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Factorial Mendelian randomization: using genetic variants to assess interactions.

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Rees, Jessica MB 
Foley, Christopher N 


BACKGROUND: Factorial Mendelian randomization is the use of genetic variants to answer questions about interactions. Although the approach has been used in applied investigations, little methodological advice is available on how to design or perform a factorial Mendelian randomization analysis. Previous analyses have employed a 2 × 2 approach, using dichotomized genetic scores to divide the population into four subgroups as in a factorial randomized trial. METHODS: We describe two distinct contexts for factorial Mendelian randomization: investigating interactions between risk factors, and investigating interactions between pharmacological interventions on risk factors. We propose two-stage least squares methods using all available genetic variants and their interactions as instrumental variables, and using continuous genetic scores as instrumental variables rather than dichotomized scores. We illustrate our methods using data from UK Biobank to investigate the interaction between body mass index and alcohol consumption on systolic blood pressure. RESULTS: Simulated and real data show that efficiency is maximized using the full set of interactions between genetic variants as instruments. In the applied example, between 4- and 10-fold improvement in efficiency is demonstrated over the 2 × 2 approach. Analyses using continuous genetic scores are more efficient than those using dichotomized scores. Efficiency is improved by finding genetic variants that divide the population at a natural break in the distribution of the risk factor, or else divide the population into more equal-sized groups. CONCLUSIONS: Previous factorial Mendelian randomization analyses may have been underpowered. Efficiency can be improved by using all genetic variants and their interactions as instrumental variables, rather than the 2 × 2 approach.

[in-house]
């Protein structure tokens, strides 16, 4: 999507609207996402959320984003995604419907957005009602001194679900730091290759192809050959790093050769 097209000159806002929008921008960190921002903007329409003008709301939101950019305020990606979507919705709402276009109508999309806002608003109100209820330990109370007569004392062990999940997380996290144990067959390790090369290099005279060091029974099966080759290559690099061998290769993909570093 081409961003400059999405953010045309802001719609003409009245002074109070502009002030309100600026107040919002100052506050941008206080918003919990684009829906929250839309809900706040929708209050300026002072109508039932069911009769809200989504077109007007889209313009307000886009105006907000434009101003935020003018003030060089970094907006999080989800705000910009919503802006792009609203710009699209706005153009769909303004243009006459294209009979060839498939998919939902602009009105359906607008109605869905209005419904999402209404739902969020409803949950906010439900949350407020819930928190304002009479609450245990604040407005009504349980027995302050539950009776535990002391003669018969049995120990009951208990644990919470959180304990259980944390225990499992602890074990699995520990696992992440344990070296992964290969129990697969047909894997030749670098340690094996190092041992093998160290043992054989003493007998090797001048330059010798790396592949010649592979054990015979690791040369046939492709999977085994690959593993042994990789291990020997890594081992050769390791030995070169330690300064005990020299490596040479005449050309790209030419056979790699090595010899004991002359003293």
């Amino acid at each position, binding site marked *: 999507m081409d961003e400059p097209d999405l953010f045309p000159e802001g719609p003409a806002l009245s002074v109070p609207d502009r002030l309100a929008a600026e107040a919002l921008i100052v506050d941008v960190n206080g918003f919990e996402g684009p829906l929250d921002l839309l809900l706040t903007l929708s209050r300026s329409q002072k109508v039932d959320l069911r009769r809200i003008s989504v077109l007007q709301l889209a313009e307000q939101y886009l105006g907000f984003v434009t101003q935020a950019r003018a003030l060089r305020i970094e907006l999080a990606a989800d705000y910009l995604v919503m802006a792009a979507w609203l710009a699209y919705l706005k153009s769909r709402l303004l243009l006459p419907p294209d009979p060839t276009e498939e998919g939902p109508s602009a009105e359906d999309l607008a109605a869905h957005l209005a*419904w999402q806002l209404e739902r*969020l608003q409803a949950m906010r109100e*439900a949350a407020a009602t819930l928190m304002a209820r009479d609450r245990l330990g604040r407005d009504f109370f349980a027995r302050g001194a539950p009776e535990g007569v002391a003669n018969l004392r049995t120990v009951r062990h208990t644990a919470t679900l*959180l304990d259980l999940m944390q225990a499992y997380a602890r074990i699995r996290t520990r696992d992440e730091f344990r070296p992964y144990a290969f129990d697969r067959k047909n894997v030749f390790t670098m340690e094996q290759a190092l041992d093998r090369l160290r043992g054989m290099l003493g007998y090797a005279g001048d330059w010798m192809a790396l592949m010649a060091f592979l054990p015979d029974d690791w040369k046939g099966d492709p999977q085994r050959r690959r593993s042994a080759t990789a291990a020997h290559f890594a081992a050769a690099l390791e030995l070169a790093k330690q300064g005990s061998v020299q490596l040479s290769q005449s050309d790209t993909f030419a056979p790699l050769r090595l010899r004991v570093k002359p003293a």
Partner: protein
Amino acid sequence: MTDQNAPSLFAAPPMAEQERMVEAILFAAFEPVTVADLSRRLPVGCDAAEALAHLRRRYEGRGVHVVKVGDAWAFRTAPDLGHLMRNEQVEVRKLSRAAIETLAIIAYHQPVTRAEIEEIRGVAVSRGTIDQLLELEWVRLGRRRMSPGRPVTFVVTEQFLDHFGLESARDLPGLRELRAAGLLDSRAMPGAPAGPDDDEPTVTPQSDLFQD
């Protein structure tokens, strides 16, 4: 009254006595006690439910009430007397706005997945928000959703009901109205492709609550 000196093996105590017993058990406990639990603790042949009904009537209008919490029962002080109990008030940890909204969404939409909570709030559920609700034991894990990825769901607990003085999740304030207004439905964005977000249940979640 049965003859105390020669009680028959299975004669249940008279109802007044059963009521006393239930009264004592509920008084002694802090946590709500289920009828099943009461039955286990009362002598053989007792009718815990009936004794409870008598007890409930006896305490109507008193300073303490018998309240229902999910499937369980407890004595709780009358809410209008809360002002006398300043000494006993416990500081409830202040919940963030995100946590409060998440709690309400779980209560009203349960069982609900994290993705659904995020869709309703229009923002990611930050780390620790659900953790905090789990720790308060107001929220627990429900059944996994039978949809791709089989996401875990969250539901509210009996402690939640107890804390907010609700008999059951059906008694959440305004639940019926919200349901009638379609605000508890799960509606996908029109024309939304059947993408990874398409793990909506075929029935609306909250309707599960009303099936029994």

Mendelian randomization, causal inference, factorial randomized trial, instrumental variables, interaction, Causality, Genetic Variation, Humans, Least-Squares Analysis, Mendelian Randomization Analysis, Risk Factors

Journal Title

Int J Epidemiol

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Oxford University Press (OUP)


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Wellcome Trust (204623/Z/16/Z)
British Heart Foundation (None)
Medical Research Council (MC_UU_00002/7)
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